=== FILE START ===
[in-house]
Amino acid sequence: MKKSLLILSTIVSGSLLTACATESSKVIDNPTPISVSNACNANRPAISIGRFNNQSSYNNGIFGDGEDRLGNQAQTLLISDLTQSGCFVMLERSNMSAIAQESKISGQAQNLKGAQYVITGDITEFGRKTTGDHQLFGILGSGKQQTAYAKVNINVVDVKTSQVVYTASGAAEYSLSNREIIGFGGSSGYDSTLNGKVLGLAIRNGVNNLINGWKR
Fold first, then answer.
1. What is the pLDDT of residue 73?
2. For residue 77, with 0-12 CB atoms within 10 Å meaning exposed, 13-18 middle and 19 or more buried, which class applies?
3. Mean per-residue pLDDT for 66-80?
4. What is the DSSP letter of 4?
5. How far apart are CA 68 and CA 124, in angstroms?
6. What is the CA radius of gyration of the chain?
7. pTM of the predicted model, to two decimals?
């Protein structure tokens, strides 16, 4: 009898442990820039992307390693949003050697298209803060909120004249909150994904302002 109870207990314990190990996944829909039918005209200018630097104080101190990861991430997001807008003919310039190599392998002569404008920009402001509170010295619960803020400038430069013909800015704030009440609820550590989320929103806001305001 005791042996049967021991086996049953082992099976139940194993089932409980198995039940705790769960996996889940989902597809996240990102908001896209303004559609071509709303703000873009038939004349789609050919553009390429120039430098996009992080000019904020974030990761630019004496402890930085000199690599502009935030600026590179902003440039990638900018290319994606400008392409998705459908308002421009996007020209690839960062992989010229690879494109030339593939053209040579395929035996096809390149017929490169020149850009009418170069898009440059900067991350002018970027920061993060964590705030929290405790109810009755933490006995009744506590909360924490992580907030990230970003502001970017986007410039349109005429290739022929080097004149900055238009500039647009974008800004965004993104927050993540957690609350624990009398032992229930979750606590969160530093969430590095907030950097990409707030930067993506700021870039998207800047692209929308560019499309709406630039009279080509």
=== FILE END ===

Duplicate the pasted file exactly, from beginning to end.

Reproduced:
[in-house]
Amino acid sequence: MKKSLLILSTIVSGSLLTACATESSKVIDNPTPISVSNACNANRPAISIGRFNNQSSYNNGIFGDGEDRLGNQAQTLLISDLTQSGCFVMLERSNMSAIAQESKISGQAQNLKGAQYVITGDITEFGRKTTGDHQLFGILGSGKQQTAYAKVNINVVDVKTSQVVYTASGAAEYSLSNREIIGFGGSSGYDSTLNGKVLGLAIRNGVNNLINGWKR
Fold first, then answer.
1. What is the pLDDT of residue 73?
2. For residue 77, with 0-12 CB atoms within 10 Å meaning exposed, 13-18 middle and 19 or more buried, which class applies?
3. Mean per-residue pLDDT for 66-80?
4. What is the DSSP letter of 4?
5. How far apart are CA 68 and CA 124, in angstroms?
6. What is the CA radius of gyration of the chain?
7. pTM of the predicted model, to two decimals?
């Protein structure tokens, strides 16, 4: 009898442990820039992307390693949003050697298209803060909120004249909150994904302002 109870207990314990190990996944829909039918005209200018630097104080101190990861991430997001807008003919310039190599392998002569404008920009402001509170010295619960803020400038430069013909800015704030009440609820550590989320929103806001305001 005791042996049967021991086996049953082992099976139940194993089932409980198995039940705790769960996996889940989902597809996240990102908001896209303004559609071509709303703000873009038939004349789609050919553009390429120039430098996009992080000019904020974030990761630019004496402890930085000199690599502009935030600026590179902003440039990638900018290319994606400008392409998705459908308002421009996007020209690839960062992989010229690879494109030339593939053209040579395929035996096809390149017929490169020149850009009418170069898009440059900067991350002018970027920061993060964590705030929290405790109810009755933490006995009744506590909360924490992580907030990230970003502001970017986007410039349109005429290739022929080097004149900055238009500039647009974008800004965004993104927050993540957690609350624990009398032992229930979750606590969160530093969430590095907030950097990409707030930067993506700021870039998207800047692209929308560019499309709406630039009279080509």